Targeting AKT/mTOR and ERK MAPK signaling inhibits homon-refractory prostate cancer in a preclinical mouse model

Department of Urology, Columbia University College of Physicians and Surgeons, New York, New York 10032, USA.
Journal of Clinical Investigation (Impact Factor: 13.22). 10/2008; 118(9):3051-64. DOI: 10.1172/JCI34764
Source: PubMed


The AKT/mammalian target of rapamycin (AKT/mTOR) and ERK MAPK signaling pathways have been shown to cooperate in prostate cancer progression and the transition to androgen-independent disease. We have now tested the effects of combinatorial inhibition of these pathways on prostate tumorigenicity by performing preclinical studies using a genetically engineered mouse model of prostate cancer. We report here that combination therapy using rapamycin, an inhibitor of mTOR, and PD0325901, an inhibitor of MAPK kinase 1 (MEK; the kinase directly upstream of ERK), inhibited cell growth in cultured prostate cancer cell lines and tumor growth particularly for androgen-independent prostate tumors in the mouse model. We further showed that such inhibition leads to inhibition of proliferation and upregulated expression of the apoptotic regulator Bcl-2-interacting mediator of cell death (Bim). Furthermore, analyses of human prostate cancer tissue microarrays demonstrated that AKT/mTOR and ERK MAPK signaling pathways are often coordinately deregulated during prostate cancer progression in humans. We therefore propose that combination therapy targeting AKT/mTOR and ERK MAPK signaling pathways may be an effective treatment for patients with advanced prostate cancer, in particular those with hormone-refractory disease.

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Available from: Mireia Castillo-Martin
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    • "In preclinical breast and prostate cancer murine models, inhibition of mTORC1, which is composed of regulatoryassociated protein of mTOR (RAPTOR), mLST8 (also known as GbL), and AKT substrate of 40 kDa (PRAS40), with the mTORi rapamycin, led to MAPK pathway activation through a PI3K- dependent feedback loop. However, when rapamycin was combined with the MEK1/2 inhibitor, PD0325901, MAPK feedback activation was abrogated and resulted in an enhanced antitumoral effect (Carracedo et al, 2008; Kinkade et al, 2008). "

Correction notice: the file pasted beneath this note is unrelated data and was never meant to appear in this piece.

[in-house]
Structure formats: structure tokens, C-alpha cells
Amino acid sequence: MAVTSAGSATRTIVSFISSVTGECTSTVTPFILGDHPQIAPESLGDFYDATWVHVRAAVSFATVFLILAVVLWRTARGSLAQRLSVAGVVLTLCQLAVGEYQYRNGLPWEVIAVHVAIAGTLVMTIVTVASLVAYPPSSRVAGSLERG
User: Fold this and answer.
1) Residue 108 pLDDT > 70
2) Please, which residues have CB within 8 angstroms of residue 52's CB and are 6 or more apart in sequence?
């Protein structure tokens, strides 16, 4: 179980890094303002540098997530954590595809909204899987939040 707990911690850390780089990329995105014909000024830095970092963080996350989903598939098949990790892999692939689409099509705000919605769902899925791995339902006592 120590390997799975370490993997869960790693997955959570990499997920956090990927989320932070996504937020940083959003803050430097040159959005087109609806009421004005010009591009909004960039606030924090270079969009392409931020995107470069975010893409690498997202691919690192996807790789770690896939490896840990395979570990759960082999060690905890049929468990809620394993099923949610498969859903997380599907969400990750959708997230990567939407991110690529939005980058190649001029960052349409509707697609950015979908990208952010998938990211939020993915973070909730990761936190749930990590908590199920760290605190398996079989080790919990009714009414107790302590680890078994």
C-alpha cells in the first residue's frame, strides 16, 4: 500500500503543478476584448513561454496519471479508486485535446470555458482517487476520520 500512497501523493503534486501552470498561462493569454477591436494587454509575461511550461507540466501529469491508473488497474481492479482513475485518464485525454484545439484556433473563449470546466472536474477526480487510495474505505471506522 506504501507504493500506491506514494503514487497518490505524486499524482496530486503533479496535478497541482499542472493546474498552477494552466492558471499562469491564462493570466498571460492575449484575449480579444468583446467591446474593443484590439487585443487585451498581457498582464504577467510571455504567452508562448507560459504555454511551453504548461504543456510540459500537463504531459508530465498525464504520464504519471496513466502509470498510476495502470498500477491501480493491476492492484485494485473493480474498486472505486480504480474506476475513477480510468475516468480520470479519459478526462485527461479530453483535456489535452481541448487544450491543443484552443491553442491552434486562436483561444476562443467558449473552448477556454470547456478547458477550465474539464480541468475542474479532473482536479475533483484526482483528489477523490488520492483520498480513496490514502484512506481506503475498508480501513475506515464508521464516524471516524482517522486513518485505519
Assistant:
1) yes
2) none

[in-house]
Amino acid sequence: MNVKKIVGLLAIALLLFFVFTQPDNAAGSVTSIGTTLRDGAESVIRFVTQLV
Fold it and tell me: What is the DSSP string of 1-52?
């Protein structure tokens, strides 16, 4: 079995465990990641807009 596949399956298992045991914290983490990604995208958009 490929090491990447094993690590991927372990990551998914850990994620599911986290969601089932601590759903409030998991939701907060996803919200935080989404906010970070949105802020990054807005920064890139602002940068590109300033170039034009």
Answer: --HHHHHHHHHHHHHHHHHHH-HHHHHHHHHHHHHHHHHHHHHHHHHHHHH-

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    ABSTRACT: The MEK inhibitor, selumetinib, suppresses soft-tissue sarcoma (STS) cell proliferation in vitro. Mammalian target of rapamycin inhibitors possess modest activity against STS; however, resistance develops via MAPK pathway feedback activation. The combination of selumetinib and temsirolimus synergistically inhibits STS cell line growth. Therefore, a randomized phase II trial of selumetinib vs selumetinib plus temsirolimus was conducted. Seventy-one adults with advanced STS who received ⩽2 prior chemotherapeutics were randomized to selumetinib 75 mg p.o. bid and allowed to crossover upon progression, or to selumetinib 50 mg p.o. bid plus temsirolimus 20 mg i.v. weekly, with primary endpoint of progression-free survival (PFS). There was no difference in PFS between the two arms for the overall cohort (median 1.9 vs 2.1 months); an improved median PFS was observed in the combination arm (N=11) over single agent (N=10) in the prespecified leiomyosarcoma stratum (median 3.7 vs 1.8 months; P=0.01). Four-month PFS rate was 50% (95% confidence interval 0.19-0.81) with the combination vs 0% with selumetinib alone in the leiomyosarcoma cohort. Most common grade 3/4 adverse events with the combination were mucositis (29%), lymphopenia (26%), neutropenia and anaemia (20% each). While single-agent selumetinib has no significant activity in STS, the combination may be active for leiomyosarcomas.British Journal of Cancer advance online publication, 21 April 2015; doi:10.1038/bjc.2015.126
    Full-text · Article · Apr 2015 · British Journal of Cancer
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    • "Akt1: S473 [15,16] "